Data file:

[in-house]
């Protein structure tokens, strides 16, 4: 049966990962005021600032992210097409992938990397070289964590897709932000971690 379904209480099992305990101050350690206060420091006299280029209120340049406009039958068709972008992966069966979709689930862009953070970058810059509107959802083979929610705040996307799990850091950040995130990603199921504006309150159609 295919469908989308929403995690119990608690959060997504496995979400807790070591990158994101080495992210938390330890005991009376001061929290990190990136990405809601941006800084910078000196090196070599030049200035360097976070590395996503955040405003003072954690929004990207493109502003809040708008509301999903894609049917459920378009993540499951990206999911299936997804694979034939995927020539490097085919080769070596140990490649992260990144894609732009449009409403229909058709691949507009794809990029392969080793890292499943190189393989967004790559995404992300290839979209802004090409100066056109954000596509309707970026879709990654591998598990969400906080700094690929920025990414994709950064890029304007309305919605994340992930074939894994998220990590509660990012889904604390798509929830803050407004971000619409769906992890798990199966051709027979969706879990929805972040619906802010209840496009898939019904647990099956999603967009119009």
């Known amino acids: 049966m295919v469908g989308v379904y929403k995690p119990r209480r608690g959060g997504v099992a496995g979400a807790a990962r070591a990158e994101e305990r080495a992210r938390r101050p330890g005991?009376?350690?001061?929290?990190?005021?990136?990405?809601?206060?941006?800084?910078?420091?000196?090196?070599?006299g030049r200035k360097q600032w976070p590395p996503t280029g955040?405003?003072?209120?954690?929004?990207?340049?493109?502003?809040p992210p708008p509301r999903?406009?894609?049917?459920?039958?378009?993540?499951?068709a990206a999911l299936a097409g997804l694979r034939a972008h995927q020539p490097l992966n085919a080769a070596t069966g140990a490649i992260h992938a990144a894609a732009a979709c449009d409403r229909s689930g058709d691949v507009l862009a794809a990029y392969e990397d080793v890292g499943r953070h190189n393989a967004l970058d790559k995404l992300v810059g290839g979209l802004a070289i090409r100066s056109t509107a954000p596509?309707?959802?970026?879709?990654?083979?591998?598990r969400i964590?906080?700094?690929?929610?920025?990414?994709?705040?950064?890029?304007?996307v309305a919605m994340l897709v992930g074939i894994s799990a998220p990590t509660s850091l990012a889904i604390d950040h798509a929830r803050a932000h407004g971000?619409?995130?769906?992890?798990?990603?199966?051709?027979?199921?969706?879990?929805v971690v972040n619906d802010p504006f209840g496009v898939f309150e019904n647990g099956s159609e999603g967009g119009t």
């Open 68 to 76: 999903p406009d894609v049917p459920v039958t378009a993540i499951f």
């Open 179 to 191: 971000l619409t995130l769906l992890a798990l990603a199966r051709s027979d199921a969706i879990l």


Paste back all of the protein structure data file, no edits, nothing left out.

[in-house]
């Protein structure tokens, strides 16, 4: 049966990962005021600032992210097409992938990397070289964590897709932000971690 379904209480099992305990101050350690206060420091006299280029209120340049406009039958068709972008992966069966979709689930862009953070970058810059509107959802083979929610705040996307799990850091950040995130990603199921504006309150159609 295919469908989308929403995690119990608690959060997504496995979400807790070591990158994101080495992210938390330890005991009376001061929290990190990136990405809601941006800084910078000196090196070599030049200035360097976070590395996503955040405003003072954690929004990207493109502003809040708008509301999903894609049917459920378009993540499951990206999911299936997804694979034939995927020539490097085919080769070596140990490649992260990144894609732009449009409403229909058709691949507009794809990029392969080793890292499943190189393989967004790559995404992300290839979209802004090409100066056109954000596509309707970026879709990654591998598990969400906080700094690929920025990414994709950064890029304007309305919605994340992930074939894994998220990590509660990012889904604390798509929830803050407004971000619409769906992890798990199966051709027979969706879990929805972040619906802010209840496009898939019904647990099956999603967009119009």
């Known amino acids: 049966m295919v469908g989308v379904y929403k995690p119990r209480r608690g959060g997504v099992a496995g979400a807790a990962r070591a990158e994101e305990r080495a992210r938390r101050p330890g005991?009376?350690?001061?929290?990190?005021?990136?990405?809601?206060?941006?800084?910078?420091?000196?090196?070599?006299g030049r200035k360097q600032w976070p590395p996503t280029g955040?405003?003072?209120?954690?929004?990207?340049?493109?502003?809040p992210p708008p509301r999903?406009?894609?049917?459920?039958?378009?993540?499951?068709a990206a999911l299936a097409g997804l694979r034939a972008h995927q020539p490097l992966n085919a080769a070596t069966g140990a490649i992260h992938a990144a894609a732009a979709c449009d409403r229909s689930g058709d691949v507009l862009a794809a990029y392969e990397d080793v890292g499943r953070h190189n393989a967004l970058d790559k995404l992300v810059g290839g979209l802004a070289i090409r100066s056109t509107a954000p596509?309707?959802?970026?879709?990654?083979?591998?598990r969400i964590?906080?700094?690929?929610?920025?990414?994709?705040?950064?890029?304007?996307v309305a919605m994340l897709v992930g074939i894994s799990a998220p990590t509660s850091l990012a889904i604390d950040h798509a929830r803050a932000h407004g971000?619409?995130?769906?992890?798990?990603?199966?051709?027979?199921?969706?879990?929805v971690v972040n619906d802010p504006f209840g496009v898939f309150e019904n647990g099956s159609e999603g967009g119009t």
């Open 68 to 76: 999903p406009d894609v049917p459920v039958t378009a993540i499951f």
């Open 179 to 191: 971000l619409t995130l769906l992890a798990l990603a199966r051709s027979d199921a969706i879990l």